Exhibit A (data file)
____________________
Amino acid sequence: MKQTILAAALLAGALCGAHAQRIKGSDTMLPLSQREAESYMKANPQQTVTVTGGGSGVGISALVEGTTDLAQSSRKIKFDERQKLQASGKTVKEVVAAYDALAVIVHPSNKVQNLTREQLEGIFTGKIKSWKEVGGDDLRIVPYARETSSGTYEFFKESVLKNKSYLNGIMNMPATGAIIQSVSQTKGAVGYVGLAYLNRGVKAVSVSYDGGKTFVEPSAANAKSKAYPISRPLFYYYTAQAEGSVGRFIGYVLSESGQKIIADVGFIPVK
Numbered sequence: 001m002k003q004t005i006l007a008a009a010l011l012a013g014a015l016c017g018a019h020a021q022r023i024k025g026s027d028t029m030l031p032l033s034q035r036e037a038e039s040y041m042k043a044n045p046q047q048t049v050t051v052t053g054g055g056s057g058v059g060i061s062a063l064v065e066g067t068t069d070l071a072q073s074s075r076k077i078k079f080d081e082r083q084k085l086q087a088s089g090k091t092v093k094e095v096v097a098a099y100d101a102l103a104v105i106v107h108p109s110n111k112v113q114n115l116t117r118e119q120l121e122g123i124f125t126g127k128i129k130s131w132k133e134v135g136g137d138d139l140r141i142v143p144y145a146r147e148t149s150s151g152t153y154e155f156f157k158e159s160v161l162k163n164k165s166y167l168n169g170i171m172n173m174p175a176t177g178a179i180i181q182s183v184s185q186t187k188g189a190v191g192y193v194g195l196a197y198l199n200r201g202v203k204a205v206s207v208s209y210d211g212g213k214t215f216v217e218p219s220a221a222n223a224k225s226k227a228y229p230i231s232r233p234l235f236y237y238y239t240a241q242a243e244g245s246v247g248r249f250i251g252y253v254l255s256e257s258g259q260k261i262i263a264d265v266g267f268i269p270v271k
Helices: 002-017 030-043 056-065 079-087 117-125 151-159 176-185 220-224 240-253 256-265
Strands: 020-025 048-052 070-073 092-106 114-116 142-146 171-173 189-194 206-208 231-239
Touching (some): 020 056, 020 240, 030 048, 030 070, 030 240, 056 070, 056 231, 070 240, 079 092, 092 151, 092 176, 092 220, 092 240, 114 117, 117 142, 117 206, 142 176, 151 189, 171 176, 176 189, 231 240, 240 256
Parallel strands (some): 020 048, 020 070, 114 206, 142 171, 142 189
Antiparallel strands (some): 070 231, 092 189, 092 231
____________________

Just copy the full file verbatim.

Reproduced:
Amino acid sequence: MKQTILAAALLAGALCGAHAQRIKGSDTMLPLSQREAESYMKANPQQTVTVTGGGSGVGISALVEGTTDLAQSSRKIKFDERQKLQASGKTVKEVVAAYDALAVIVHPSNKVQNLTREQLEGIFTGKIKSWKEVGGDDLRIVPYARETSSGTYEFFKESVLKNKSYLNGIMNMPATGAIIQSVSQTKGAVGYVGLAYLNRGVKAVSVSYDGGKTFVEPSAANAKSKAYPISRPLFYYYTAQAEGSVGRFIGYVLSESGQKIIADVGFIPVK
Numbered sequence: 001m002k003q004t005i006l007a008a009a010l011l012a013g014a015l016c017g018a019h020a021q022r023i024k025g026s027d028t029m030l031p032l033s034q035r036e037a038e039s040y041m042k043a044n045p046q047q048t049v050t051v052t053g054g055g056s057g058v059g060i061s062a063l064v065e066g067t068t069d070l071a072q073s074s075r076k077i078k079f080d081e082r083q084k085l086q087a088s089g090k091t092v093k094e095v096v097a098a099y100d101a102l103a104v105i106v107h108p109s110n111k112v113q114n115l116t117r118e119q120l121e122g123i124f125t126g127k128i129k130s131w132k133e134v135g136g137d138d139l140r141i142v143p144y145a146r147e148t149s150s151g152t153y154e155f156f157k158e159s160v161l162k163n164k165s166y167l168n169g170i171m172n173m174p175a176t177g178a179i180i181q182s183v184s185q186t187k188g189a190v191g192y193v194g195l196a197y198l199n200r201g202v203k204a205v206s207v208s209y210d211g212g213k214t215f216v217e218p219s220a221a222n223a224k225s226k227a228y229p230i231s232r233p234l235f236y237y238y239t240a241q242a243e244g245s246v247g248r249f250i251g252y253v254l255s256e257s258g259q260k261i262i263a264d265v266g267f268i269p270v271k
Helices: 002-017 030-043 056-065 079-087 117-125 151-159 176-185 220-224 240-253 256-265
Strands: 020-025 048-052 070-073 092-106 114-116 142-146 171-173 189-194 206-208 231-239
Touching (some): 020 056, 020 240, 030 048, 030 070, 030 240, 056 070, 056 231, 070 240, 079 092, 092 151, 092 176, 092 220, 092 240, 114 117, 117 142, 117 206, 142 176, 151 189, 171 176, 176 189, 231 240, 240 256
Parallel strands (some): 020 048, 020 070, 114 206, 142 171, 142 189
Antiparallel strands (some): 070 231, 092 189, 092 231